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Tuning Your Crews

Jan. 19, 2022
Once you have a good core of guys, it doesn’t take very long to know who works best with who.

We all know the drill when it comes to finding, hiring, and training new people. It’s usually an exercise in futility, and something many bosses find particularly uncomfortable. In the market today it is more important than ever to pay close attention to your field personnel.

Once you have a good core of guys, it doesn’t take very long to know who works best with who, where there is friction and where jobs go smoother when particular people are on them… and not. Let’s face facts, our businesses have always had the potential to be lucrative. That said, why is it that the mortality rate for new start up plumbing businesses is so high? One reason is expansion.

The Growing Business Paradox

Sounds counter intuitive, doesn’t it? The business grows, more work comes in, profits increase, time to hire more help. Simple, right? Not so much. Unless a business starts out of the gate with capital, management, rolling stock, a shop, or offices and such, it has a better than 90% chance that it’ll fail. Most small shops start with one guy, two at most, wanting to start their own business. The skill level, and business sense, of the principal(s) is the determining factor as to whether a start-up will survive for three years—which seems to be the magic number—or crater and go away.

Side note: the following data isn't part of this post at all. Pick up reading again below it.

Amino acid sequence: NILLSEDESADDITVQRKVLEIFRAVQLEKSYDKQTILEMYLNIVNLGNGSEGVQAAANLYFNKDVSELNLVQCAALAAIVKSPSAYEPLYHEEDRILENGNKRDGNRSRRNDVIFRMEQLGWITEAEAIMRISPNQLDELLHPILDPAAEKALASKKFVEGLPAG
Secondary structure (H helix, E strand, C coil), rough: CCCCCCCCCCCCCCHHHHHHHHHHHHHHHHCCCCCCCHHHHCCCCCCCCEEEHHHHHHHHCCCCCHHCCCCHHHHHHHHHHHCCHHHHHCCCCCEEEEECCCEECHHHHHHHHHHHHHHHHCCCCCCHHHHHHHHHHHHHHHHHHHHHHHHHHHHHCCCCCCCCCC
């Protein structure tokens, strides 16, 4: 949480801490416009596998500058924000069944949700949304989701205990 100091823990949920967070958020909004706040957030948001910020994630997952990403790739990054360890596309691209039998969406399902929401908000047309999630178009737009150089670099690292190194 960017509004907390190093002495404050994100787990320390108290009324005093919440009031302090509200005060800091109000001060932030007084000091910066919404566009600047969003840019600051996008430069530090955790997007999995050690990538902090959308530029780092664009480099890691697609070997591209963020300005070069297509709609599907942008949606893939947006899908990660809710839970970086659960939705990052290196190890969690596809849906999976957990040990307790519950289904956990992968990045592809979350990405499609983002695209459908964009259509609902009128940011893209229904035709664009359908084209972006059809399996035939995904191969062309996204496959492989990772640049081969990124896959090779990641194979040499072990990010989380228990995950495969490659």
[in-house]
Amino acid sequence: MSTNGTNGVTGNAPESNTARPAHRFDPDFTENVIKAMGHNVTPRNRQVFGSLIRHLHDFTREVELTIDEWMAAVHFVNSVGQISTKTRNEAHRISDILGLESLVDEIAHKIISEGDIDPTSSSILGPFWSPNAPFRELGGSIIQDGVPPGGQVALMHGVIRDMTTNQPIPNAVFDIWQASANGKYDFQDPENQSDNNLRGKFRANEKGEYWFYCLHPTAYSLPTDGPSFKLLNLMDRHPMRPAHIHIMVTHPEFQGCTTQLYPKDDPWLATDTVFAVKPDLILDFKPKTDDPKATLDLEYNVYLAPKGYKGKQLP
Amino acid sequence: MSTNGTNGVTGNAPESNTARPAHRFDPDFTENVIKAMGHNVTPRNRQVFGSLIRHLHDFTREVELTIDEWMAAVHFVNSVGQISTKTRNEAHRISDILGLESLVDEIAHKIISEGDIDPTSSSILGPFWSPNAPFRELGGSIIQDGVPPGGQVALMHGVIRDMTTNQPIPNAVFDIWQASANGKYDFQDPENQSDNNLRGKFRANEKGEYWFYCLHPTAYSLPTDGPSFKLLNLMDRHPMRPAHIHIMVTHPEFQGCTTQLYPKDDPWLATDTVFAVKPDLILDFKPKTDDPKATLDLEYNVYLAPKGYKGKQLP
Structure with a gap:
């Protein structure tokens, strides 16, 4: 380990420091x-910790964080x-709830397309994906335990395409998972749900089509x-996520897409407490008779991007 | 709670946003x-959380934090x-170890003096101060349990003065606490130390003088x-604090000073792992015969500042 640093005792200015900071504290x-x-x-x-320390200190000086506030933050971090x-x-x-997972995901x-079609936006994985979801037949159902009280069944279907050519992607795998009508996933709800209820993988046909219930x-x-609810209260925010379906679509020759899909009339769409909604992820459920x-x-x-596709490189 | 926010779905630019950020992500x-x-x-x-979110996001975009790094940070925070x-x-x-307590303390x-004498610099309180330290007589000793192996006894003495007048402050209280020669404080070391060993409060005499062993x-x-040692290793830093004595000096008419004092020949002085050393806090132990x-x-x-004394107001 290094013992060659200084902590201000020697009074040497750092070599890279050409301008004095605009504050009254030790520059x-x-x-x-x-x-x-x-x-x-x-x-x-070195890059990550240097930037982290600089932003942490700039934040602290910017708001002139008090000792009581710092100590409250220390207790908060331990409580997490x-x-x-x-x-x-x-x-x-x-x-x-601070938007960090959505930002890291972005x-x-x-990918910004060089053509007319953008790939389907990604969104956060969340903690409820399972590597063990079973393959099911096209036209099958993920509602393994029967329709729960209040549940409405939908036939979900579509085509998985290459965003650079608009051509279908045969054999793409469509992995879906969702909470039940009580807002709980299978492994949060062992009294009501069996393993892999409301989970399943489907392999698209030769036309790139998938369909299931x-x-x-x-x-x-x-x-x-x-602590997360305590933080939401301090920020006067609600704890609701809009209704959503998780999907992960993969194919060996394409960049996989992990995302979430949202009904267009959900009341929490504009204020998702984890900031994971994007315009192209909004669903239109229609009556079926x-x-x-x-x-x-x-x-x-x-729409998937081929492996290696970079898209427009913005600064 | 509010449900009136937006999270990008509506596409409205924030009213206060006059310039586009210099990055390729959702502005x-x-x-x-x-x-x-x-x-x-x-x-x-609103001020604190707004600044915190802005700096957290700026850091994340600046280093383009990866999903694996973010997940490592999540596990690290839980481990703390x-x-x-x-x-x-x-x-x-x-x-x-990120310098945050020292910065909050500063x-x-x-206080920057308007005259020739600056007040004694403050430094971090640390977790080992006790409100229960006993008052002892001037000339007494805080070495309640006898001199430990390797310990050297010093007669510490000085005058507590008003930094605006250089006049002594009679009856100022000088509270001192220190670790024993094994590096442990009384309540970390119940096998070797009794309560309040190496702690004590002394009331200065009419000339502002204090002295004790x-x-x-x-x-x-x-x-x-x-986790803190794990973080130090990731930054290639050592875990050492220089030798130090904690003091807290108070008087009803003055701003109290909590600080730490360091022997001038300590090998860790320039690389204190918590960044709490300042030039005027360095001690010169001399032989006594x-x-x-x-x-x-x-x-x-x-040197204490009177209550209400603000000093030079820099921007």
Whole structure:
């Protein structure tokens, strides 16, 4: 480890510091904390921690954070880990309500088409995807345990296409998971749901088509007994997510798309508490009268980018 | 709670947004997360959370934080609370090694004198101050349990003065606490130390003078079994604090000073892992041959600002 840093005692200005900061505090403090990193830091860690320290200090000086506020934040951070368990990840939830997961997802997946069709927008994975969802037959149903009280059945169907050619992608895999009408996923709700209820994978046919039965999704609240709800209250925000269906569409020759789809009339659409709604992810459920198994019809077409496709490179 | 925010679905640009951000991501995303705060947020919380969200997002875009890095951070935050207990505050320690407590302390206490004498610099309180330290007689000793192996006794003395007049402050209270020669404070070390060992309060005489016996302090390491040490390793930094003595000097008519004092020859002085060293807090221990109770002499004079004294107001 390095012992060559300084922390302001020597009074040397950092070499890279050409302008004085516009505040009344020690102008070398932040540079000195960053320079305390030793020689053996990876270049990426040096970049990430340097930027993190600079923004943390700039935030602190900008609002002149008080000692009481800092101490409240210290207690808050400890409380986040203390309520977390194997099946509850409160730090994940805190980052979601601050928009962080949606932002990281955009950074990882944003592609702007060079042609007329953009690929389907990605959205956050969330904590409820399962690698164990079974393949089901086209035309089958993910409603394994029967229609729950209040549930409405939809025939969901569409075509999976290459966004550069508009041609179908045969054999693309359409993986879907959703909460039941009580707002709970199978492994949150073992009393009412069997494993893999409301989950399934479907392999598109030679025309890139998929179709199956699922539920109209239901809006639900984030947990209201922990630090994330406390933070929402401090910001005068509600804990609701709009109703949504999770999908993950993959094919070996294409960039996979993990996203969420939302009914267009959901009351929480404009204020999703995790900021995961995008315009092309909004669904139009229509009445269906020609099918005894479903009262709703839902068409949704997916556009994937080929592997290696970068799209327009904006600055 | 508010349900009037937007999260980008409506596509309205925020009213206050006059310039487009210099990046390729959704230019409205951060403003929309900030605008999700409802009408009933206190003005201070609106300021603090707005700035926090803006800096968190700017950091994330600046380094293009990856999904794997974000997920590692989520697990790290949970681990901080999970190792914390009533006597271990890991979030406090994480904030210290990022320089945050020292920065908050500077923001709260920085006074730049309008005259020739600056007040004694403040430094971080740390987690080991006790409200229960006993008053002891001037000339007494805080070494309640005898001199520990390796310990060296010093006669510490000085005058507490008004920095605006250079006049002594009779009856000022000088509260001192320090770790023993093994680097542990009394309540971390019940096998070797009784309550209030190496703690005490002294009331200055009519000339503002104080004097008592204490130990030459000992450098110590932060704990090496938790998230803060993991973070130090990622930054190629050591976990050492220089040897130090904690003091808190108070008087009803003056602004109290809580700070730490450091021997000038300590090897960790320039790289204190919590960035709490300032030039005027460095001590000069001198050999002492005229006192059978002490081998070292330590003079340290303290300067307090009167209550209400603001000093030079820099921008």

Problems arise when the guy who started the company is successful enough that he needs to hire more people. Reaching that stage, many shops fall flat. Considering the current lack of well-trained journeymen who are looking for a home it is easily understandable that finding someone who is the right fit for your company becomes a lower priority than in times past. Likewise, hiring and expanding beyond one or two men.

When you have crews, instead of just a couple of guys, the problems enumerated above get magnified. Keeping a crew, or crews, of two, three or more people working together in an efficient manner is a delicate task. Each crew member has strengths and weaknesses. It is management’s responsibility to try and match those people, and attendant personalities, with other people who compliment those strengths and weaknesses. Throwing a group of, we hope, highly trained people at a project without taking their individuality into account will cost you in the long run.

“Getting the job done,” while always the imperative, should be considered as, “getting the job done well.” In the past, you were either an apprentice, journeyman or, proudly, a master. When you went to work, you let your skills speak for themselves. Who you worked with was less important than the actual work. Sadly, those days are past. Call it “touchy-feely” or whatever term you want, but in the marketplace today especially, one must take personalities into consideration when putting a crew together.

Different Roles

Assuming several crews, there might be a designated field superintendent who usually coordinates the projects, crews. Above that, management may take a less active role in the day-to-day field operations and be more concerned with profit/loss and less with how things go on any given job. Still, there are parameters that can be quantified, and should be expected of your people, at each level of their job description.